Madison and Beaverhead counties have figured out a way to keep animals, especially bears, out of their transfer stations.
Madison County has nine sites where residents can dump garbage, and one is now the first of its kind with automatic operation.
"Yeah, it helps to contain the garbage especially with wildlife getting in to the garbage. You have raccoons, magpies, other animals opening up garbage bags, scattering things around," Project Leader Steve Primm said. "Then if you add wind to that, you end up with quite bit of garbage blowing all over the landscape.
The Nevada City project is the first of its kind in Madison County. It cost $15,000 to install the operating unit, batteries and the solar collector that keeps them charged. It's designed for two main purposes, keeping animals out and allowing the public to use it safely.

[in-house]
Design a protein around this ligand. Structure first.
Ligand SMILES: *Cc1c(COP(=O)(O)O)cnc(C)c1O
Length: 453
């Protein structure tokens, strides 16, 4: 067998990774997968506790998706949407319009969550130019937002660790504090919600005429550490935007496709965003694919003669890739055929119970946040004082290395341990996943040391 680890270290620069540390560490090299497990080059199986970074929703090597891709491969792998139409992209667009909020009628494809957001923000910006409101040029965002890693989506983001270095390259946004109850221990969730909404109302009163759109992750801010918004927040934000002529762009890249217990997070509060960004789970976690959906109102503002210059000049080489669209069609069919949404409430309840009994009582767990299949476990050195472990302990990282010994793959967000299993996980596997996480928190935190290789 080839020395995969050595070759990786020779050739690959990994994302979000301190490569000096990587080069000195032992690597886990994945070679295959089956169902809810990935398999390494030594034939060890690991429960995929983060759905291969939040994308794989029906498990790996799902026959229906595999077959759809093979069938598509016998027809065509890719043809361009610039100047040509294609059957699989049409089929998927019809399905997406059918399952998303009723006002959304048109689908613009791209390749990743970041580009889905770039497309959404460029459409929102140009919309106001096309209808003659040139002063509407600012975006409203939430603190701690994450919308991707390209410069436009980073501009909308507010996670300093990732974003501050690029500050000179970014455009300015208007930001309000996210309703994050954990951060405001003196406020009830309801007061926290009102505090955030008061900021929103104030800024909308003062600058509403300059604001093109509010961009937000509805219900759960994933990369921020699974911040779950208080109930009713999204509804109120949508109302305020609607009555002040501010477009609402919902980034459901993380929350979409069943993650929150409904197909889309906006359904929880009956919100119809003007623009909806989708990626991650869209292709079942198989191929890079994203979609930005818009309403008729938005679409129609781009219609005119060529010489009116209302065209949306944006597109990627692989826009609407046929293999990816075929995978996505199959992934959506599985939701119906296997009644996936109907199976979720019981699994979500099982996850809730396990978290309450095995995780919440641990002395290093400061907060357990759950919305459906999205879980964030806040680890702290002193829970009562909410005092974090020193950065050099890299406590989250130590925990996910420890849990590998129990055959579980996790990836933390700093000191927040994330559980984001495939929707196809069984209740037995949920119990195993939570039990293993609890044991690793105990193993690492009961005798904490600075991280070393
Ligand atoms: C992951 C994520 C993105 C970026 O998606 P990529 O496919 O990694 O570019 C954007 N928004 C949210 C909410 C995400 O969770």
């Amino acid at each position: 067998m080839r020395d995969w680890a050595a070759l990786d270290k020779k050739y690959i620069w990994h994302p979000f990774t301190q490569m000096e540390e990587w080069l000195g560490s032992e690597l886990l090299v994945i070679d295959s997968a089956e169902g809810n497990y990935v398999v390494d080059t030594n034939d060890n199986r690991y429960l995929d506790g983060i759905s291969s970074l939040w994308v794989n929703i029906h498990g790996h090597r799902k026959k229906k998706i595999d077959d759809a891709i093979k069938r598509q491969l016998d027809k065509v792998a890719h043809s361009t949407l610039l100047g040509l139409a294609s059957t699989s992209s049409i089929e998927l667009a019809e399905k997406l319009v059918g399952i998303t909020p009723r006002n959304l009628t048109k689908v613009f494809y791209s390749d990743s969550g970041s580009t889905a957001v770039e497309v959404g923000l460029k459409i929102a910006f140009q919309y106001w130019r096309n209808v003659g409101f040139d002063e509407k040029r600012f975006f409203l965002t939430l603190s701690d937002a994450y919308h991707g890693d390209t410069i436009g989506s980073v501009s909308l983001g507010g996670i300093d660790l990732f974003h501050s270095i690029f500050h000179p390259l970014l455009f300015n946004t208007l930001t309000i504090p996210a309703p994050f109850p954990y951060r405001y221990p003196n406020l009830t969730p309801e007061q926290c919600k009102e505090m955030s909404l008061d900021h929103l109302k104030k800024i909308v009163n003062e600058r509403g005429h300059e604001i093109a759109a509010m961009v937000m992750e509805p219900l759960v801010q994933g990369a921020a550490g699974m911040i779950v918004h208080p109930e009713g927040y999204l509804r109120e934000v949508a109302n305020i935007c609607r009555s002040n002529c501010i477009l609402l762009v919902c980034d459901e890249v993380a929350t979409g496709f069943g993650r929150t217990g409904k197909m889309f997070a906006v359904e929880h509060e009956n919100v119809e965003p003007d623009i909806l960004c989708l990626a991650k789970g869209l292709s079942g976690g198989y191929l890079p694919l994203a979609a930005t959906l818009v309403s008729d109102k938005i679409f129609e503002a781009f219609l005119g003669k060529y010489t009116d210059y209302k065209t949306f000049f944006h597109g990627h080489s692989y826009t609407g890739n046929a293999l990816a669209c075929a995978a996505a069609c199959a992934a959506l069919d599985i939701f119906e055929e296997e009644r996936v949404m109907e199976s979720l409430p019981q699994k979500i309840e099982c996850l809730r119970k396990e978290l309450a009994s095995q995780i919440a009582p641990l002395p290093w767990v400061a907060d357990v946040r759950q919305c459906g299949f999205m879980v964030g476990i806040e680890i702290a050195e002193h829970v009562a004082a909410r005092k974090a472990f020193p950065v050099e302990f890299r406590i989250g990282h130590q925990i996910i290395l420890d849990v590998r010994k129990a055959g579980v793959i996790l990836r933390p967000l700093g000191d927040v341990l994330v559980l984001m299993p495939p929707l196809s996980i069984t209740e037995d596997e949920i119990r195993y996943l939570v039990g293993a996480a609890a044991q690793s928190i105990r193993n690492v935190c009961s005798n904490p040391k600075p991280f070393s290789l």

Now, with the push of a button, the dumpster lid lifts and then holds for people to safely deposit their trash. Another button closes the lid.
The low maintenance is a plus, and so is the effectiveness of keeping animals out.
"Particularly as bear populations expand and we become more and more aware of the potential for conflicts, I think we're gonna see more of these projects like this to keep the bears out of these types of sites,” Primm said.
He added that with limited maintenance these dumpsters should function as-is for 10 to 12 years.
The project was paid for, in part, by the town of Virginia City and grants from the Yellowstone and Yukon Conservation Initiative, as well as the U.S. Fish and Wildlife Service -- the agency assigned to taking care of and managing grizzly bear populations.